It took me a few times to get used to soloing Deadmines as a Fury warrior. Fury plays a lot like I remember playing a Blood DK; as long as you can keep your self healing going, you’re unstoppable, but you take a lot of damage in the process.  If I pulled too big, especially with elites, then I’d wipe.

Victory Rush is really the key to Fury soloing right now.  You’re putting out so much damage that your goal is to burn though a mob, any mob, and kill it to offset the damage you’re taking with another Victory Rush.  As long as you can repeat that process, you’re fine – but if the damage overwhelms your kill rate, then you’re going down.  I found that I’d start off a big pull losing a lot of health, but once the mobs started dropping I’d go right back up to full.

Bloodthirst is the other tool in your Fury aresenal to help out with this kind of fighting. It gives you a small heal back while attacking, and doesn’t suck up much of your Rage while doing it.  It does respectable damage, but can be hit more often than Shield Slam.  I found in high-Rage situations I’d alternate between Bloodthirst and Heroic Strike while waiting for Victory Rush (and Execute) to proc.

Blood Craze helps out with the self-healing, giving back more than Bloodthirst but less than Victory Rush.

And, while I’d been farming the Arena Grand Master trinket, I’m glad I didn’t rely on it while soloing.  Dual Swift Hands of Justice provided increased DPS on top of healing on Killing Blows, giving a lot of small heals to offset the incoming damage.

The Cruel Barb refused to drop for me for a long time, so I spent a lot of time practicing how to solo Van Cleef as a Fury warrior.  I made a video on one of the early attempts that shows how the spec plays as a solo artist.

Yes, it is totally as much fun as it looks.

(I did speed up the video, because even a run with no wipes is about 30 minutes long.  It’s not RFC. You can play Yakity Sax in the background for full comedic effect.)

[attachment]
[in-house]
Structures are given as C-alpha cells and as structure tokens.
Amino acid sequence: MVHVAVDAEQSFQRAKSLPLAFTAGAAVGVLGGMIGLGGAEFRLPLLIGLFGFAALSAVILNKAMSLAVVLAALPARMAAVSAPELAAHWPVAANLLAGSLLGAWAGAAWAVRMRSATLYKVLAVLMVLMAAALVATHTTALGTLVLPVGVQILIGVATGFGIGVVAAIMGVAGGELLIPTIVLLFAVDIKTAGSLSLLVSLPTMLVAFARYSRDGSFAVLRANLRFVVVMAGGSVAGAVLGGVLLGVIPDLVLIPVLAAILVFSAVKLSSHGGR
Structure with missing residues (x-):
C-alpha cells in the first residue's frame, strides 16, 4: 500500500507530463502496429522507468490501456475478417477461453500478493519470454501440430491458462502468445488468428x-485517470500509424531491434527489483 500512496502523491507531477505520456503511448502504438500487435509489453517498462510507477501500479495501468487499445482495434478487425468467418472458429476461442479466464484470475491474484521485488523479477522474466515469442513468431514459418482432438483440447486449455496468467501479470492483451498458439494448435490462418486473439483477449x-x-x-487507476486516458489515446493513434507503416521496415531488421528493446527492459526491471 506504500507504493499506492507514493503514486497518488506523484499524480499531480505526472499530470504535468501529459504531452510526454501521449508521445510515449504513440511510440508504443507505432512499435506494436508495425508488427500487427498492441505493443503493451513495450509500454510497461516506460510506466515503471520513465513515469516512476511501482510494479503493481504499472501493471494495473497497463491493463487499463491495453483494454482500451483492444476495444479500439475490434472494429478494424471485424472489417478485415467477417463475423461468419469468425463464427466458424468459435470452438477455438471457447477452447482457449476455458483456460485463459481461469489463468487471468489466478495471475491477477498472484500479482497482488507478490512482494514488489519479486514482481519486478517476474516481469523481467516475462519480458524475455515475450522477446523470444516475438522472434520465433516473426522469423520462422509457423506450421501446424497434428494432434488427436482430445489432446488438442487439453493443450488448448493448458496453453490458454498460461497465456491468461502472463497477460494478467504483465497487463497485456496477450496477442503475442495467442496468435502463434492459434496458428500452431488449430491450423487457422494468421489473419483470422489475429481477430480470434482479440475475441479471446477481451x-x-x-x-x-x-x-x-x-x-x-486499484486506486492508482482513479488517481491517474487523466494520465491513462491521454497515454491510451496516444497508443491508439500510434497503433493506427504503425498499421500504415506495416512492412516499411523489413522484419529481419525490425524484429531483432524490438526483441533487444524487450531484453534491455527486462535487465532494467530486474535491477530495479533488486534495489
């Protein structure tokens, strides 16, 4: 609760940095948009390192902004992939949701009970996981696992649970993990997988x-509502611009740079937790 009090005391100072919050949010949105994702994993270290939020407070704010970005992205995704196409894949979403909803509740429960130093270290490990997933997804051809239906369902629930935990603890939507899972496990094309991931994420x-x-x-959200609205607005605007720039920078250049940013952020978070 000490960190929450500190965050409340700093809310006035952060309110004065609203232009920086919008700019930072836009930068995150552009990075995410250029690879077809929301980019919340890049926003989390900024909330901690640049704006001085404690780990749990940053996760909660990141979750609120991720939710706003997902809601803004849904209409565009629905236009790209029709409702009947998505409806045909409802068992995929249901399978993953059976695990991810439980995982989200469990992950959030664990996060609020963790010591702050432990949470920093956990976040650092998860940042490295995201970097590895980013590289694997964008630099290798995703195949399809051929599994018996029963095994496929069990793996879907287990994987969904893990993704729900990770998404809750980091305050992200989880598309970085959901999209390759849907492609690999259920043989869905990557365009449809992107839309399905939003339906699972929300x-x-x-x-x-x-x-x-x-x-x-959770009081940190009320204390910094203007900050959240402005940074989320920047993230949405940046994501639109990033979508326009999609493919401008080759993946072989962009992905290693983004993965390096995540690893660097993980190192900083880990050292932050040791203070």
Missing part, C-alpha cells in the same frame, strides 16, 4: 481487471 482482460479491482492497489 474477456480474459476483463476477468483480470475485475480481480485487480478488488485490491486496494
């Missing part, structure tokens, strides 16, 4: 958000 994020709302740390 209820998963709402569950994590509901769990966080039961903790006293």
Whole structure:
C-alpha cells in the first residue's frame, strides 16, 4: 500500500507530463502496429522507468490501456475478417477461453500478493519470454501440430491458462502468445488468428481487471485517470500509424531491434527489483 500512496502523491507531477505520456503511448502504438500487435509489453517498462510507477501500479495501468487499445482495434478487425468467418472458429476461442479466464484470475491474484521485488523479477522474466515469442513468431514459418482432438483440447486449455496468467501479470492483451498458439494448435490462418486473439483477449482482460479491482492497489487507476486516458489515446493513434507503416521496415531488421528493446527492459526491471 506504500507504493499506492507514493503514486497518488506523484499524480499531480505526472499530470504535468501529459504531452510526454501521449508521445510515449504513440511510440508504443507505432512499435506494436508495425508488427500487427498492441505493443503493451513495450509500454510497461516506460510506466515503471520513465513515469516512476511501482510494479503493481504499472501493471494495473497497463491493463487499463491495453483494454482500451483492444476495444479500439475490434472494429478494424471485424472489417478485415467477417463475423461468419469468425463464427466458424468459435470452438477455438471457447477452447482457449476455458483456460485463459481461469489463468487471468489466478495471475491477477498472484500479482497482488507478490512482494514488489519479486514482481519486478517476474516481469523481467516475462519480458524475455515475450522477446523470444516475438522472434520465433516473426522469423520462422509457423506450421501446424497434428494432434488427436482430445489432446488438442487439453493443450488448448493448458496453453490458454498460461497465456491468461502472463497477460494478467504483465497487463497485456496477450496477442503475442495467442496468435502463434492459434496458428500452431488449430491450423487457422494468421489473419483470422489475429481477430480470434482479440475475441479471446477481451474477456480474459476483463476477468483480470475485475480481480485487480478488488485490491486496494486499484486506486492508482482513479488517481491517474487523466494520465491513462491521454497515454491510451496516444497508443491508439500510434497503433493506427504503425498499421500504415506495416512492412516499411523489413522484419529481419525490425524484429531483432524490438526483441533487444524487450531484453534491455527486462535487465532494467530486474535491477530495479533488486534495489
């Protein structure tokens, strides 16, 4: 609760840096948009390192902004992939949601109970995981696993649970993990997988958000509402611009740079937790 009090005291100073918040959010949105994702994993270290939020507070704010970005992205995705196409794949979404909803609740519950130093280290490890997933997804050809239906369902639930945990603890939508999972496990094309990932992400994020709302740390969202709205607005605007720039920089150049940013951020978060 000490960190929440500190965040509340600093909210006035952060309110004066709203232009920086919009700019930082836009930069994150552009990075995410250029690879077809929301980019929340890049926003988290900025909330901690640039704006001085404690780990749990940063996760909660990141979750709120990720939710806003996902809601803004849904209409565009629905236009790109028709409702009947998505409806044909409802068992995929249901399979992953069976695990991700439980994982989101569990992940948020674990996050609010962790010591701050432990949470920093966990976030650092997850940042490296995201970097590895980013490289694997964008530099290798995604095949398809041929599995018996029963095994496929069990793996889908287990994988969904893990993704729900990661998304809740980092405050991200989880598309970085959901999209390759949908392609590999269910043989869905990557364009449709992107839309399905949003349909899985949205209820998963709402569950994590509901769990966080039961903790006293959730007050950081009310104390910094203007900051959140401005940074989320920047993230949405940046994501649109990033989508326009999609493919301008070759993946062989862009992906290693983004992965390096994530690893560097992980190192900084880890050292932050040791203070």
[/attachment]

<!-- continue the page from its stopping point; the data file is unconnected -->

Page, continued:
I kept running it, and what kept impressing me was how out-of-whack damage seemed.  I was able to 1-shot normal mobs with regularity, and elites were lucky if they lasted 5 seconds. I know that I’m twinked for maximum damage, but there were times that I’d pull off a 1513 Execute crit and know that levels were out of whack.  (The 700-800 Victory Rush crits were even better, to be honest – most of Execute’s damage comes as overkill.)  I fully agree with Zarhym’s assessment that combat times in the lower levels are too short, and that it’s not PvP we’re talking about here.  PvE is totally unbalanced at the lower levels right now.

Anyhow, after a dozen runs or so, the second Barb finally dropped. By then I was ready for something different, so I took Cynderblock back out into the wide world and picked up questing in those areas that are going to be changed in a few weeks.  Most notably: Darkshore and Ashenvale.

"So, they sell insurance in this tower? I don't think they get a lot of foot traffic out here..."

Aside from wanting to complete as many quests as possible with Cynderblock, there was one quest chain in particular I wanted to finish – The Tower of Althalaxx, which I remember being a total PITA trying to do at level 30.  I admit, I’m juvenile, and I’ve refused to call that tower by its proper name ever since I got there – this is the Tower of Aflac, and I quack “AFLAC!” at it every time I have to deal with it.

Well, the Tower of AFLAC has a pretty nice quest reward, Seraph’s Strike, a sword with good DPS and Spirit, useful for health regeneration.  I figured I’d pick it up before it vanished in the Cataclysm, and bang out the Darkshore/Ashenvale quests while I’m at it.  (You have gotten your Furbolg wand, right?)

Only… wait a minute.

Lower level items have had their stats rearranged, and… woah.

Did all that Spirit get converted into Hit?  Like, are you kidding me?  +10 Hit on a 2-hander?

Having that much Hit (4.72% at level 19) is huge for DPS.  Huge.  It knocks off nearly the entire Miss column for at-level targets, and makes hitting higher-level mobs much, much easier.  Good for twinks, good for levelers… this is a good sword.  A really good sword.

How good is it?

Well, I pulled out my DPS spreadsheet (not ready for primetime, that’s another post) and plugged in the new numbers.  Wow.

Pre-Crit, Seraph’s Strike has a white DPS of 22.54, greater than Glacial Stone (22.25) and Smite’s Mighty Hammer (21.29).  The Hammer might make more sense for boosting attack power, and the Stone puts out solid DPS numbers, but the Strike now gives a great blend of both.

Don’t get me wrong. I’m enjoying the heck out of Fury, but I may have to go Arms and try out a 2-Handed build just to see how this sword performs before the damage nerfs come in.

Anyhow. Warriors are still doing fine.  PvP is broken as a whole right now, don’t worry about it.  Aggro is hard because damage is too high.  We’ve lost some tools, but gained new ones.

And Cynderblock has her groove back.